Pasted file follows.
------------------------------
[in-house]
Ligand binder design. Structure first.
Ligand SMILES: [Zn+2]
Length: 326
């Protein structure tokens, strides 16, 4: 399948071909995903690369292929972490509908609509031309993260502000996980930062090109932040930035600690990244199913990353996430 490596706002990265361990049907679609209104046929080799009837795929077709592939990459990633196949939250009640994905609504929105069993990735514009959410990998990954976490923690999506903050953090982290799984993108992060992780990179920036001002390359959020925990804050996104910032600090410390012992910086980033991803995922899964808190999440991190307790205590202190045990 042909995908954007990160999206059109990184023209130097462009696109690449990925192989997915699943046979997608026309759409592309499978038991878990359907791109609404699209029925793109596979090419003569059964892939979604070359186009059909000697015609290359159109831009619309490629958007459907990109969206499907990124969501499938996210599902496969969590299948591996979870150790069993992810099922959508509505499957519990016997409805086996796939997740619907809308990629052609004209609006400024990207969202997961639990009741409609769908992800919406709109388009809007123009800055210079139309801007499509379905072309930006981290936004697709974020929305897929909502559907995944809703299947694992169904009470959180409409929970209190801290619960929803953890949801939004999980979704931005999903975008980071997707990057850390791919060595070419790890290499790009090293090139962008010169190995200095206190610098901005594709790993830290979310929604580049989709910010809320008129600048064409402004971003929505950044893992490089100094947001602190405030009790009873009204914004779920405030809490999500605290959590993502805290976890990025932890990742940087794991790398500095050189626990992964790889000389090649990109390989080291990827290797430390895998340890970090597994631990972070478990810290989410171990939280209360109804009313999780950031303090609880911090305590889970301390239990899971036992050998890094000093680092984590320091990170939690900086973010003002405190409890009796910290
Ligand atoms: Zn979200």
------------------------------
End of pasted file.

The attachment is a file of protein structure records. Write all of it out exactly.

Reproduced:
[in-house]
Ligand binder design. Structure first.
Ligand SMILES: [Zn+2]
Length: 326
């Protein structure tokens, strides 16, 4: 399948071909995903690369292929972490509908609509031309993260502000996980930062090109932040930035600690990244199913990353996430 490596706002990265361990049907679609209104046929080799009837795929077709592939990459990633196949939250009640994905609504929105069993990735514009959410990998990954976490923690999506903050953090982290799984993108992060992780990179920036001002390359959020925990804050996104910032600090410390012992910086980033991803995922899964808190999440991190307790205590202190045990 042909995908954007990160999206059109990184023209130097462009696109690449990925192989997915699943046979997608026309759409592309499978038991878990359907791109609404699209029925793109596979090419003569059964892939979604070359186009059909000697015609290359159109831009619309490629958007459907990109969206499907990124969501499938996210599902496969969590299948591996979870150790069993992810099922959508509505499957519990016997409805086996796939997740619907809308990629052609004209609006400024990207969202997961639990009741409609769908992800919406709109388009809007123009800055210079139309801007499509379905072309930006981290936004697709974020929305897929909502559907995944809703299947694992169904009470959180409409929970209190801290619960929803953890949801939004999980979704931005999903975008980071997707990057850390791919060595070419790890290499790009090293090139962008010169190995200095206190610098901005594709790993830290979310929604580049989709910010809320008129600048064409402004971003929505950044893992490089100094947001602190405030009790009873009204914004779920405030809490999500605290959590993502805290976890990025932890990742940087794991790398500095050189626990992964790889000389090649990109390989080291990827290797430390895998340890970090597994631990972070478990810290989410171990939280209360109804009313999780950031303090609880911090305590889970301390239990899971036992050998890094000093680092984590320091990170939690900086973010003002405190409890009796910290
Ligand atoms: Zn979200």